In Robert Louis Stevenson's novel, The Strange Case of Dr. Jekyll and Mr. Hyde, Dr. Jekyll tells Utterson at the very beginning that Jekyll and Hyde are tied closely together, but he will give no details.

'...there is one point I should like you to understand. I have really a very great interest in poor Hyde...I do sincerely take a great...interest in that young man; and if I am taken away, Utterson, I wish you to promise me that you will bear with him and get his rights for him.'

Utterson agrees, though having met Hyde, he has found him rude and unlikeable.

Some time later a horrendous crime is committed. Sir Danvers Carew—a gentleman—is murdered one night. A maid, looking out her window as is her custom, notices two men speaking. The first is the old gentleman and the second she recognizes as Hyde. All of a sudden, Hyde attacks the old man and bludgeons him to death with his cane. The matter is brought to Utterson's attention.

'And perhaps you can help us to the man.' And [the officer] briefly narrated what the maid had seen, and showed the broken stick.

Mr. Utterson had already quailed at the name of Hyde; but when the stick was laid before him, he could doubt no longer; broken and battered as it was, he recognized it for one that he had himself presented many years before to Henry Jekyll.

Though the reader cannot be sure what the connection is, the stick which Utterson had given as a gift to Jekyll has become a murder weapon in the hands of Hyde.

When Dr. Jekyll's letter is read at the end, we learn of the "creation" of Hyde.

I drank off the potion...There was something strange in my sensations, something indescribably new...I felt younger, lighter, happier in body...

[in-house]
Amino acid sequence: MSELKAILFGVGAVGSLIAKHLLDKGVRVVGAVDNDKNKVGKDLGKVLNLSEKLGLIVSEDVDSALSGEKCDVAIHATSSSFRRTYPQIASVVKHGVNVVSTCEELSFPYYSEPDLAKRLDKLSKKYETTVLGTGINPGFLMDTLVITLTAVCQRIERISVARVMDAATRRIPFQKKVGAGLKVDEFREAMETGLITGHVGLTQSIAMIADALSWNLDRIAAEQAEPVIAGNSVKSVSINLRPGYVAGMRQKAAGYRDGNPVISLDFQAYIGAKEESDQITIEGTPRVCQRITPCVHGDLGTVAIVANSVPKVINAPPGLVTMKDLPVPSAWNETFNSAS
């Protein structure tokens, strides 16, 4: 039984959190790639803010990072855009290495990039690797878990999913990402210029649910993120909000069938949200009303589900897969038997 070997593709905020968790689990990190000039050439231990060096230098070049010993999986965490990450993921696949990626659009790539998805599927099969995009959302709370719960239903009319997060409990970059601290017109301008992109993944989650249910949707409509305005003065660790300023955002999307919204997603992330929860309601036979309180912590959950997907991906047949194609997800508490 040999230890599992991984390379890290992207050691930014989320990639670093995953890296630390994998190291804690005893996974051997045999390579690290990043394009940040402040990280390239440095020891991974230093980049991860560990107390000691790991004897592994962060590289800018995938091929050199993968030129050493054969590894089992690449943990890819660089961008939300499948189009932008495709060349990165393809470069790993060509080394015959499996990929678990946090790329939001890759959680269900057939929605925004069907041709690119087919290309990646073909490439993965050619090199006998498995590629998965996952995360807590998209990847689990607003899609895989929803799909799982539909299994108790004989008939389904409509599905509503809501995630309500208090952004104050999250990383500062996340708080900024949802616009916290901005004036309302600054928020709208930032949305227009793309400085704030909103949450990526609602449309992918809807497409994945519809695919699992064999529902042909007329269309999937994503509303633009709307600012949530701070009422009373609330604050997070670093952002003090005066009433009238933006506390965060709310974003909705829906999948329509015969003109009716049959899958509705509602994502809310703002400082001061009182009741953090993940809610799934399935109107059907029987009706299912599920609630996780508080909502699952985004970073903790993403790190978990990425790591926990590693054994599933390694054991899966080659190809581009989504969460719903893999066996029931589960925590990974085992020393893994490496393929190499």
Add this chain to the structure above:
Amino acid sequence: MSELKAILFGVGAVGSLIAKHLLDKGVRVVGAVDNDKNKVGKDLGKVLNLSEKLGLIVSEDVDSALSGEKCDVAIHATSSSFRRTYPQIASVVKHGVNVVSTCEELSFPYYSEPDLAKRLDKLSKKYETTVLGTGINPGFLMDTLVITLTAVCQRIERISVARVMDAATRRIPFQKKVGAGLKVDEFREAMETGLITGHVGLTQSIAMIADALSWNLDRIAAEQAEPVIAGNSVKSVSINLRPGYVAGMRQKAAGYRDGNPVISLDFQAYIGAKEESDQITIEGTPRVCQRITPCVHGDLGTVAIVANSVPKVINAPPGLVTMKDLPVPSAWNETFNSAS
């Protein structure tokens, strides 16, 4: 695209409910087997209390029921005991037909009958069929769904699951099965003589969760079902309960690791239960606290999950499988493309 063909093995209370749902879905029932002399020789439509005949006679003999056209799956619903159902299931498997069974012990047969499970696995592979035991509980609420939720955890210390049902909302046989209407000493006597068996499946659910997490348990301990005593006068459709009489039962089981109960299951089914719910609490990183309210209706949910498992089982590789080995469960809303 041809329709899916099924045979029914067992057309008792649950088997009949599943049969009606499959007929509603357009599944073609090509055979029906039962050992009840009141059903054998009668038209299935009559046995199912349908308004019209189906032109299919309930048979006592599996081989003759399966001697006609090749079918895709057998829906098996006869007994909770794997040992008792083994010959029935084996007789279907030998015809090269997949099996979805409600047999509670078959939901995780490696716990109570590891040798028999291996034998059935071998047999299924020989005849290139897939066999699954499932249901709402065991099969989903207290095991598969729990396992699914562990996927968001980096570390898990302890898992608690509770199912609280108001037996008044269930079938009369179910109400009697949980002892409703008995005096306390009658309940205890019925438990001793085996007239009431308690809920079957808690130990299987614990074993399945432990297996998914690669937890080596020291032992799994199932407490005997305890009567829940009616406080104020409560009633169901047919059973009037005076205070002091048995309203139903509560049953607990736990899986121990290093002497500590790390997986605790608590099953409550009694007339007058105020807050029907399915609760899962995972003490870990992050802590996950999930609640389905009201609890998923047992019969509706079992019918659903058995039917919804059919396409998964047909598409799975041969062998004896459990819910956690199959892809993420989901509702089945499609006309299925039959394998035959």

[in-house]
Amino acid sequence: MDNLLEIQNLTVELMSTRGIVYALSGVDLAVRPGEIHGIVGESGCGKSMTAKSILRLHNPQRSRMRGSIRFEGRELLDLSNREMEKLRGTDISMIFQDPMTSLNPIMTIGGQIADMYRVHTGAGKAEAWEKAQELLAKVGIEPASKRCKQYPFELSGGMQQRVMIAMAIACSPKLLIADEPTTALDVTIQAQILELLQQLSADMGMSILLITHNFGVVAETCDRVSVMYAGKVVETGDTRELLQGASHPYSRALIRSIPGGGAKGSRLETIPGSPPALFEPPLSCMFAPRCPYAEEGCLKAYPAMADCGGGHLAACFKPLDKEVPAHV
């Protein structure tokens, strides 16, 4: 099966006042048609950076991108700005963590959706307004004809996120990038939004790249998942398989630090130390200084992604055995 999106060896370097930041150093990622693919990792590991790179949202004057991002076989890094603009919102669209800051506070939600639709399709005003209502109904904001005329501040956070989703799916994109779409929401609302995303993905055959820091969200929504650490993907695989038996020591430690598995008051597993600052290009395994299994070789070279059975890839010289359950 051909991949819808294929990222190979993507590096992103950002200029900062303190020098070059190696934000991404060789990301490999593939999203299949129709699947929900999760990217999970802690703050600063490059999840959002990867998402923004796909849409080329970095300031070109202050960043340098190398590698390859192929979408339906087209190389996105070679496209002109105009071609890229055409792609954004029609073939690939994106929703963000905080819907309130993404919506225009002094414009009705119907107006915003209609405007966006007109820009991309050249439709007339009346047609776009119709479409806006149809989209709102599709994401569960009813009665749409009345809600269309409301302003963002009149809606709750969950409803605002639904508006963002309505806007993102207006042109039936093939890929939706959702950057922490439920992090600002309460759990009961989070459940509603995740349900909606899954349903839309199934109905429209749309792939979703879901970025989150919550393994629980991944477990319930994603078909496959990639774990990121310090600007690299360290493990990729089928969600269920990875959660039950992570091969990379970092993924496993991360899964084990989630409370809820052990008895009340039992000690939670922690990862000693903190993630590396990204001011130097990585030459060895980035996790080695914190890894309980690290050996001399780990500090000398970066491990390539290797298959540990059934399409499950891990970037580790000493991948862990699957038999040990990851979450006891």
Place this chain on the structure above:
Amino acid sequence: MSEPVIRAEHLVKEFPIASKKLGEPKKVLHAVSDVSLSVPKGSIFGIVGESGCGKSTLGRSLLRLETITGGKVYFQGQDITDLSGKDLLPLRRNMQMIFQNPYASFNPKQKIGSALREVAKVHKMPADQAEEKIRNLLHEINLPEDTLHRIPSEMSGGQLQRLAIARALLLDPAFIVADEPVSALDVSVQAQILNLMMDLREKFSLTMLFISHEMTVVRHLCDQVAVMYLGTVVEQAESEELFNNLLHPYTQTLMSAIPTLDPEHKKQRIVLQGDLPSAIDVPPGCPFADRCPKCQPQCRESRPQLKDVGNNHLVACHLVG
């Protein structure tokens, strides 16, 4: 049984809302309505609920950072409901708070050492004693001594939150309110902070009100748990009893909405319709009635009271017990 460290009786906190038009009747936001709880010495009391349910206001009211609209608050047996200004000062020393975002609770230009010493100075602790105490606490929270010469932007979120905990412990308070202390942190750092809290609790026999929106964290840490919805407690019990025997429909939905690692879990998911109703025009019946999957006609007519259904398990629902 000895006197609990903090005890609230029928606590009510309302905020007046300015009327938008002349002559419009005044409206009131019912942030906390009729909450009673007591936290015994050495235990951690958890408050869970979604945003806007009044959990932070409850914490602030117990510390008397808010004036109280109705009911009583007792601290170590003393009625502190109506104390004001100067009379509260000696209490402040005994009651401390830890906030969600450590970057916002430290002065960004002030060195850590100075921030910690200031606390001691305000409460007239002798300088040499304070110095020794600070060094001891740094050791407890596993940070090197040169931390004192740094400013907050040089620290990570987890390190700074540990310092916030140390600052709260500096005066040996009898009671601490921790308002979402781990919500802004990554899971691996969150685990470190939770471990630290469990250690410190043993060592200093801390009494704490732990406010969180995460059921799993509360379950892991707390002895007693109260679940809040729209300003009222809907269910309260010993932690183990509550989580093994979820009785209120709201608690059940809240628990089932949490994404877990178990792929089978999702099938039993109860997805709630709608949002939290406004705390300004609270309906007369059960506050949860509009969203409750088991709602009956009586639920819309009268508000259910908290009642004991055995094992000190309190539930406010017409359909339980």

I knew myself...to be more wicked...and the thought...braced and delighted me like wine...I was suddenly aware that I had lost in stature.

I determined...to venture in my new shape as far as to my bedroom...and coming to my room, I saw for the first time the appearance of Edward Hyde.

This segment describes the first time Jekyll takes the potion he has concocted. He describes what his body goes through during its metamorphosis, how different he is in nature (he feels wicked and reckless) and stature (he is shorter, but feels much younger).

And...

Hence, although I had now two characters as well as two appearances, one was wholly evil, and the other was still the old Henry Jekyll...

And Hyde continues to appear:

Henry Jekyll stood at times aghast before the acts of Edward Hyde; but the situation was apart from ordinary laws...It was ...Hyde alone, that was guilty. Jekyll was no worse; he woke again to his good qualities seemingly unimpaired; he would even make haste, where it was possible, to undo the evil done by Hyde. And thus his conscience slumbered.

By holding Hyde responsible for his acts, Jekyll is able to maintain a quiet conscience. However, one night Jekyll goes to sleep as himself, but wakes as Hyde without taking the potion. From then on, Jekyll must continually take the brew to remain himself.

I...sicken and freeze at the mere thought of [Hyde], when I recall the abjection and passion of this attachment...I know how he fears my power to cut him off by suicide...

Jekyll hates Hyde, and Hyde knows his existence rests in Jekyll's hands. Jekyll decides that when he becomes Hyde again, he will not change back to Jekyll; he knows Hyde will commit suicide rather than be hanged for murder.